First, lawmakers wanted to better understand the consequences and efficacy of shifting funding. But when they first considered asking the Agency of Education to study the student weighting formula, during the spring legislative session, Holcombe explicitly told them — in writing and during committee hearings — that she didn't have enough staff.
In an April 27 email to Sharpe, Holcombe detailed her staff's increased workload, noting that despite losing five positions through state government-wide retirement incentives, the agency has been providing complex information to school districts navigating mandated consolidations. "Even if the study passes, we won't be able to do it," she concluded.
In a May 3 email to Baruth and Sharpe, Holcombe wrote again, "If you assign us a weighting study, we will not be able to do it."
Such a study would take a year to complete, Holcombe told Seven Days, and is more complicated than other studies that lawmakers have paid outside consultants to conduct.
The legislature nonetheless included the student weighting study in a larger miscellaneous education bill, which passed the House and Senate in its final form May 5. Gov. Scott — Holcombe's boss — signed it into law May 23.
Even with the law in effect, Holcombe didn't back down, penning the August 3 memo informing Sharpe and Baruth that she would not start the study. Holcombe said that while she didn't discuss the memo directly with the governor, his executive staff knew that she was writing it.
She noted to Seven Days that, this year, lawmakers had assigned the agency "substantial new, unfunded statutory obligations" related to school-district consolidation and teacher health care expenses.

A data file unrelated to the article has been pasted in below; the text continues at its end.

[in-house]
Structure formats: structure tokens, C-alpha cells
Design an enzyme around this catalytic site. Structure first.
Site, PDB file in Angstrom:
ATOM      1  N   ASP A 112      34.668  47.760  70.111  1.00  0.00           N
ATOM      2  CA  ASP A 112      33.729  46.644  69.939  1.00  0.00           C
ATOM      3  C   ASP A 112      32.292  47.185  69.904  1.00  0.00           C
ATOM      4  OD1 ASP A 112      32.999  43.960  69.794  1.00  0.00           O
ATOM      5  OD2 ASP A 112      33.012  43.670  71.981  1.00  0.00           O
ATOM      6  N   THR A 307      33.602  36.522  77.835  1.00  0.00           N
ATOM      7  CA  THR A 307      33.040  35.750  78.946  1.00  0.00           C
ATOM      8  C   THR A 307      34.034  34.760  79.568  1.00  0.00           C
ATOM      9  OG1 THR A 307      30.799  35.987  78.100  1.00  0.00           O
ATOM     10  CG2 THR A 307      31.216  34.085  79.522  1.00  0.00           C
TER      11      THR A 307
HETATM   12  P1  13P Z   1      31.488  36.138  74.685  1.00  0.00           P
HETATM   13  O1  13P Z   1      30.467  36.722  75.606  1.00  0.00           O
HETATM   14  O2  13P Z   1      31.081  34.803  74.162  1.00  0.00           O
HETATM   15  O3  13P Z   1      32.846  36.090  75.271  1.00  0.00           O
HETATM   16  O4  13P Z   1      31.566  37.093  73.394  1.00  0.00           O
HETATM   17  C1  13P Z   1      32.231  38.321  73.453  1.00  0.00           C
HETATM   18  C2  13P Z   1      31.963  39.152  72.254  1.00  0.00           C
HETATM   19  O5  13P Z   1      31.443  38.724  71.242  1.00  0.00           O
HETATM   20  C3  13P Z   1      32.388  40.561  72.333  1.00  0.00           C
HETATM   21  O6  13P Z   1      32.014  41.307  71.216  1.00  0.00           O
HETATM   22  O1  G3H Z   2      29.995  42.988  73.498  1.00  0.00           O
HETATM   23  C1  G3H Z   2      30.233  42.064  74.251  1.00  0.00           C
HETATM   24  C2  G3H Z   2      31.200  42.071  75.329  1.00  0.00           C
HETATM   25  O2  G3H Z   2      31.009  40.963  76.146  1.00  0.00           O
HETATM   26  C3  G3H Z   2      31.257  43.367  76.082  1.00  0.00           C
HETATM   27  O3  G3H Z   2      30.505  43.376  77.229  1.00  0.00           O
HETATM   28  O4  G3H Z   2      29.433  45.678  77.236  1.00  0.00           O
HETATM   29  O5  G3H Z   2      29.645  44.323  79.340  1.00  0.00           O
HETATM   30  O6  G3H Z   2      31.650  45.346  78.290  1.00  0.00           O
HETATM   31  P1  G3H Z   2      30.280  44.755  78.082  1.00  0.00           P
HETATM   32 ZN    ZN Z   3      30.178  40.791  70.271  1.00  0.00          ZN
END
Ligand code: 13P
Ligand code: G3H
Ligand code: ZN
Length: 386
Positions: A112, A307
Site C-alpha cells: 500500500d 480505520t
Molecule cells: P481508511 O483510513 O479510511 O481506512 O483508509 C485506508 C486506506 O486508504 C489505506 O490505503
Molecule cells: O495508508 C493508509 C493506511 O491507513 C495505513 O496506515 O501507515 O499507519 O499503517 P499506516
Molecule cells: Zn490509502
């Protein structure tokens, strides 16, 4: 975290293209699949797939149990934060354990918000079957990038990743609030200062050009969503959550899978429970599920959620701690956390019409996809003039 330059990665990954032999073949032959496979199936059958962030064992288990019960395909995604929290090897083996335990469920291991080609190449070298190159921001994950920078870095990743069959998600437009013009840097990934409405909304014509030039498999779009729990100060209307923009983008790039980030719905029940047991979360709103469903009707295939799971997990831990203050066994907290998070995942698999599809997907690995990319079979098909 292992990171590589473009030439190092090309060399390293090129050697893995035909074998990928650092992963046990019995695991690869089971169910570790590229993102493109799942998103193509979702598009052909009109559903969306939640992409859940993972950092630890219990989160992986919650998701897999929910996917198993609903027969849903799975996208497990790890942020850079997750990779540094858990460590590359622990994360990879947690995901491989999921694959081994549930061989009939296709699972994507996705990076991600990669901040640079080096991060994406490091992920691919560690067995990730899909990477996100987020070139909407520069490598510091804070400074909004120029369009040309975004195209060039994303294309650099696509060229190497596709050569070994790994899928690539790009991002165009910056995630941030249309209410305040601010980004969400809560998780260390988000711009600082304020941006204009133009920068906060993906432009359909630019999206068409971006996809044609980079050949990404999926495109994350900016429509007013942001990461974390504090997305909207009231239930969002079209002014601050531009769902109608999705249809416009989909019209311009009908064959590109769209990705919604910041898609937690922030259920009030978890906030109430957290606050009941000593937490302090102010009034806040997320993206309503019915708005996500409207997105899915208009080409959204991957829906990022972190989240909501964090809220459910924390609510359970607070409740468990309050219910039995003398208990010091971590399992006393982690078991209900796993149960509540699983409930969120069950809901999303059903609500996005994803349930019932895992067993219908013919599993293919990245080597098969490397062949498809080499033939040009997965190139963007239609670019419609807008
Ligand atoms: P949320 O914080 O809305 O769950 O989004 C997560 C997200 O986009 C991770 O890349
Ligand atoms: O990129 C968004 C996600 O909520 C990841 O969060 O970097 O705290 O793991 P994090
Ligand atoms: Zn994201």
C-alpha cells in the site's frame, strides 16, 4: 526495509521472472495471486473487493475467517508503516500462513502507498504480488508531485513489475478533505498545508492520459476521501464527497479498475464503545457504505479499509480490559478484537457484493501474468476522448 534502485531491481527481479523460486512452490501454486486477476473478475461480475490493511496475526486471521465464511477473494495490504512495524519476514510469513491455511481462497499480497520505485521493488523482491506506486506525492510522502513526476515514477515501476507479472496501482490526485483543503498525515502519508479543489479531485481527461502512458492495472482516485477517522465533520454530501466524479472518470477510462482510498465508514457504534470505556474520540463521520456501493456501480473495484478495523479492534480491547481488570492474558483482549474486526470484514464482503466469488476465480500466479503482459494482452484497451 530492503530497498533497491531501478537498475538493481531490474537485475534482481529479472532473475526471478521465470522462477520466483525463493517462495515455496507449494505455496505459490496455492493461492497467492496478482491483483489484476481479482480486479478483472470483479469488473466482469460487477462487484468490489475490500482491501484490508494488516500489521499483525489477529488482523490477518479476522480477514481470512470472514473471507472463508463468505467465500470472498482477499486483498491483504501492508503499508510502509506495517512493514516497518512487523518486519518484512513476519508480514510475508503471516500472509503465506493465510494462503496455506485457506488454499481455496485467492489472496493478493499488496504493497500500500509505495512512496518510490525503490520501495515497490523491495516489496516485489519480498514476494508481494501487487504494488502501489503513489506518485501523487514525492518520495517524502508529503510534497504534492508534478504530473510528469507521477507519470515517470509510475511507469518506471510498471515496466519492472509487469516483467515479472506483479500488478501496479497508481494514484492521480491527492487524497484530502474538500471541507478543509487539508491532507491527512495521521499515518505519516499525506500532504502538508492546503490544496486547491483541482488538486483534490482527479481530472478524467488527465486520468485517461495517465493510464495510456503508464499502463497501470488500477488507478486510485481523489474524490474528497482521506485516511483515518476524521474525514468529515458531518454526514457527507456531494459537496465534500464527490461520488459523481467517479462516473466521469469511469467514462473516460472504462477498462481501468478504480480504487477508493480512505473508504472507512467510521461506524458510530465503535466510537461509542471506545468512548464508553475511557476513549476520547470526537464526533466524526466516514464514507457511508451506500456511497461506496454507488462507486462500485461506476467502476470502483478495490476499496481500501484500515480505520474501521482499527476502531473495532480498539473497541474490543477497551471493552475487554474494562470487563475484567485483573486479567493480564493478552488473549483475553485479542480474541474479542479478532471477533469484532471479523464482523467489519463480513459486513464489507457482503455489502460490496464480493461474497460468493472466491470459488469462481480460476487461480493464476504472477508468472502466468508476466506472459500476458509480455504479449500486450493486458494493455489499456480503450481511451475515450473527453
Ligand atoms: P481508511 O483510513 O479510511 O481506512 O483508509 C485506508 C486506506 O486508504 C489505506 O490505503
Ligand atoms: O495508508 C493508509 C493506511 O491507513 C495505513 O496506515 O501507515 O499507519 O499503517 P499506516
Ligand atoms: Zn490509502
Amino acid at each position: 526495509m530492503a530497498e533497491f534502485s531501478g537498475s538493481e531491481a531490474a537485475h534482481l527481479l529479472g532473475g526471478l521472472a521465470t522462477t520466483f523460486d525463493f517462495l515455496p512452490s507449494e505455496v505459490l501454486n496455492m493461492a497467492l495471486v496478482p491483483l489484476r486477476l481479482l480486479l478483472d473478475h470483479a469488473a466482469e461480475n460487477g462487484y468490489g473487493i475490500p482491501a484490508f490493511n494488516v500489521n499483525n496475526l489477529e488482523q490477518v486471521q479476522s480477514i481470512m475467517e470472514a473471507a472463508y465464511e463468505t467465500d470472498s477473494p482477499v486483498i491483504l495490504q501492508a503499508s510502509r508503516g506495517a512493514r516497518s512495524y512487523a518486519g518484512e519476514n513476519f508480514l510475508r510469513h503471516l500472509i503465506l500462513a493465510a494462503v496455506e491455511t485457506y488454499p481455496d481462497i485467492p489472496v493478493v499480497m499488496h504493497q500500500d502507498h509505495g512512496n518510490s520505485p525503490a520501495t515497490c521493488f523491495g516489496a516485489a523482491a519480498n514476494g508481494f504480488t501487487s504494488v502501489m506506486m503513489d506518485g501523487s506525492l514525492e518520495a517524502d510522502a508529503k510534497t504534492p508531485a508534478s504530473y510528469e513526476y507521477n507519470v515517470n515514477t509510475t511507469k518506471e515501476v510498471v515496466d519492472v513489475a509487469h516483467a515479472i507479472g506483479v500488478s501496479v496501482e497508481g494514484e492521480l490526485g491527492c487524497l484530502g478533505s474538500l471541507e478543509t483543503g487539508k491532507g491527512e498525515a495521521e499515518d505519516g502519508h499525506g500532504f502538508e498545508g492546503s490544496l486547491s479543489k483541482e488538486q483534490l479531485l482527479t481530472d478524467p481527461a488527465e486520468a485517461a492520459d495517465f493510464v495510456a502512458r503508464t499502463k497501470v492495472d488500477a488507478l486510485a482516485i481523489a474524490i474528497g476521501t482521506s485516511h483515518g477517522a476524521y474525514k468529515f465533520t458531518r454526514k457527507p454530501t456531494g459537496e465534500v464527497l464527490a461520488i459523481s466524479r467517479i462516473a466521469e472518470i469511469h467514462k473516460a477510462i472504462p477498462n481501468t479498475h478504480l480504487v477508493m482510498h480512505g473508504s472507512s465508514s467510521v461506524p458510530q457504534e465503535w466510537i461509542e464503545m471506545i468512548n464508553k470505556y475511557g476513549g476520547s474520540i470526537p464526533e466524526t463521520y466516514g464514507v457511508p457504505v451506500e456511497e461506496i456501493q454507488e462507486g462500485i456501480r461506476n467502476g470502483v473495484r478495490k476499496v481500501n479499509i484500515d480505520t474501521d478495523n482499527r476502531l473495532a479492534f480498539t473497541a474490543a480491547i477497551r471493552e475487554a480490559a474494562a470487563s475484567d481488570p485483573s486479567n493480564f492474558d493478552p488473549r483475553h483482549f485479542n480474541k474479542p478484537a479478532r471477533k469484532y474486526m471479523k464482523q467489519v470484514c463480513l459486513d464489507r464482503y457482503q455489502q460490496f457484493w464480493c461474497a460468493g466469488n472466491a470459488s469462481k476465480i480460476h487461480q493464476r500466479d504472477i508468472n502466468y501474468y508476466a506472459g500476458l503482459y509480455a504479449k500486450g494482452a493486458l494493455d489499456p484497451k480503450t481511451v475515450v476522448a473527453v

"I don't feel good about this," Holcombe said of her recalcitrance. But, she added, "How else does somebody in my position make the case?"
Scott, in an interview, said he found out about Holcombe's letter after the fact. Asked how he reacted, he said he neither praised nor criticized Holcombe for her stand.
"This isn't a concerted effort to stymie [the legislature]," Scott insisted, while also suggesting that Holcombe was on to something. "This is maybe a unique approach, but maybe it's the way it should be," he said.
Baruth noted that the governor has directed his agencies to produce next year's budget requests with no funding increases. He worries that means state government will — without legislators' consent — simply stop carrying out certain laws.
That approach could be a way for the Republican governor to sidestep directives from the Democratic-controlled legislature, Baruth argued.
He said Holcombe had other options. She could have asked the governor for more staffing, or Scott could have vetoed the bill, though the legislation also contained items all sides agreed were needed. In their written response to Holcombe, Baruth and Sharpe suggested they were open to alternatives.
"We are more than willing to discuss a range of possibilities that might allow the study to go forward," they wrote.
Holcombe agreed that better collaboration is the solution, but she argued that the legislature failed on that count. "When I repeatedly say in committee and in writing, 'We don't have the capacity,' it's not collaborative when you go ahead and do it anyway," she said.
Holcombe declined to say whether she thinks the study itself would be worthwhile if she had sufficient staff. "I think it's something to look at," she allowed — a lukewarm endorsement at best.
Baruth and Sharpe stand by the need for the study. "The key was to not have one legislator alter the formula [based] on his perspective, but to have a statewide perspective from the Agency of Education," Baruth said.